(The entire section is 1197 words.)
Part 1 Summary
The narrator of The Plague announces that he is to relate the unusual events that happened during one year in the 1940s in the town of Oran, a large French port on the Algerian coast in North Africa.
The story begins in mid-April when Dr. Bernard Rieux discovers a dead rat in the building where he lives. Within a week, thousands of rats are emerging from their hiding places and dying in the street. A feeling of unease spreads over the town. Two weeks later, Michel, the concierge of Rieux’s building, is taken ill with a strange malady. The rats suddenly disappear, but Michel dies within two days.
Rieux is called by Joseph Grand, a former patient, to assist his neighbor, Cottard, who has tried to hang himself. The police call on Cottard, who sees them only with reluctance and who says he has no intention of trying to kill himself again.
The narrative is enriched by the observations of Jean Tarrou, who comments on life in Oran in his notebook.
More victims die. Castel, Rieux’s older colleague, and Rieux agree that everything points to the disease being bubonic plague. But the townspeople are slow to realize what is happening; they do not believe in pestilence.
A health committee convenes to decide how to combat the plague. But the measures adopted are halfhearted, designed not to alarm the populace. Rats are to be exterminated, people are advised to practice extreme cleanliness, and all cases of...
(The entire section is 326 words.)
Part 2 Summary
The townspeople begin to understand the gravity of the situation. Many are cut off from loved ones in other cities. This includes Rieux, whose sick wife is in a sanatorium. Correspondence with the outside world is forbidden, and people in the town feel like prisoners and exiles, even though they are at home.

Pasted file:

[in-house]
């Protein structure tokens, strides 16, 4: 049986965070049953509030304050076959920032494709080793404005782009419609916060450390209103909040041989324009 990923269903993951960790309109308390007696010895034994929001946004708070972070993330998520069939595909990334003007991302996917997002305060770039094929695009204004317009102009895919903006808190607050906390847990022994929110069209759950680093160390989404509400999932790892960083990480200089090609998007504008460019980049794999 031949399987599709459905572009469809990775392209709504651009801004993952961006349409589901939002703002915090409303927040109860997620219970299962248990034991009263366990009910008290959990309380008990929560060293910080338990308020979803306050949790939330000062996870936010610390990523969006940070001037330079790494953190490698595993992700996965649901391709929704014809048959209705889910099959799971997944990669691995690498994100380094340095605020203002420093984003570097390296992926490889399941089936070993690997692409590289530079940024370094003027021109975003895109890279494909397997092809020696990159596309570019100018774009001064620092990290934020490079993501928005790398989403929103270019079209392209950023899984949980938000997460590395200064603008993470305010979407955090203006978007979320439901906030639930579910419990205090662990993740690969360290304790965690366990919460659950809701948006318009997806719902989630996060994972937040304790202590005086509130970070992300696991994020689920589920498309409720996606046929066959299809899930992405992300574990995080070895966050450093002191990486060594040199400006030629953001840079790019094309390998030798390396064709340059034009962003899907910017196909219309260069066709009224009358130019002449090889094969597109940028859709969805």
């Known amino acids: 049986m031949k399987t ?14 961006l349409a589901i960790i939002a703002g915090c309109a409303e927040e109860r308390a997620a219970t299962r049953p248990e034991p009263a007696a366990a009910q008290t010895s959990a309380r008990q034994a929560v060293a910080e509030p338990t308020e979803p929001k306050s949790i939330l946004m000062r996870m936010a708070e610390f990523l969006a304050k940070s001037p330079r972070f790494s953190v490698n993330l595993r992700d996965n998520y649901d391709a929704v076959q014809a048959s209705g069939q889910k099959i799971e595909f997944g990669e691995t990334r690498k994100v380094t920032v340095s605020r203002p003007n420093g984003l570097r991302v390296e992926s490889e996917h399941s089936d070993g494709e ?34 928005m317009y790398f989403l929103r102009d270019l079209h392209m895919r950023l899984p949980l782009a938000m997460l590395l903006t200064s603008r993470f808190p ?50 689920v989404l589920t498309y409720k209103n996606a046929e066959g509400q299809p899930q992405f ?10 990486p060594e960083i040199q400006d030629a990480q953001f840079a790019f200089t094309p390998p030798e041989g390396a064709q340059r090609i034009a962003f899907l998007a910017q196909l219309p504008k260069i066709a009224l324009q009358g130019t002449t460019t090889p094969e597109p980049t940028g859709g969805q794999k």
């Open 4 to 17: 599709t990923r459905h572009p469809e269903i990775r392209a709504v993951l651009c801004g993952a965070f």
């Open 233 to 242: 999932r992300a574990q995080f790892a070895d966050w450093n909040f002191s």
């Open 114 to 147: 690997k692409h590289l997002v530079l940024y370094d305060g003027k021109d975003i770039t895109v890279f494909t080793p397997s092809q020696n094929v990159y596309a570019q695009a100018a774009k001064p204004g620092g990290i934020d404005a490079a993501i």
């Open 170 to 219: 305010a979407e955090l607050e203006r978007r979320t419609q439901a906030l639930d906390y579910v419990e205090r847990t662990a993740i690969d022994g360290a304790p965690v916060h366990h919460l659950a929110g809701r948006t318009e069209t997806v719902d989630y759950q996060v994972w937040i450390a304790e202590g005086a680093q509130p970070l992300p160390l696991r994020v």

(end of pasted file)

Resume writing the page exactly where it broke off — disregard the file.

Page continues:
Rieux gets to know Grand and hears the story of his life. He also meets for the second time the journalist Rambert, who is in Oran to write a story about living conditions in the Arab quarter. But Rambert is now trapped in the city, while his wife is in Paris. He wishes to leave Oran at once and asks Rieux to help him, but Rieux says there is nothing he can do.
Rieux runs an auxiliary, five-hundred bed hospital for plague victims. He works long hours, which strains his endurance. The first month of the plague ends gloomily, with the epidemic still on the rise. Father Paneloux, the Jesuit priest, preaches a dramatic sermon in the cathedral. He says that the townspeople have brought this calamity on themselves. Plague is a scourge sent by God as punishment for sin. Paneloux also says that the town should rejoice because the plague works for good by pointing to the path of righteousness. He urges them to pray.
Grand reveals to Rieux that he is writing a novel and that he ponders over every single word and phrase until it is perfect. He shows Rieux the opening sentence, which appears to be all he has written. Meanwhile, Rambert...
(The entire section is 412 words.)
Part 3 Summary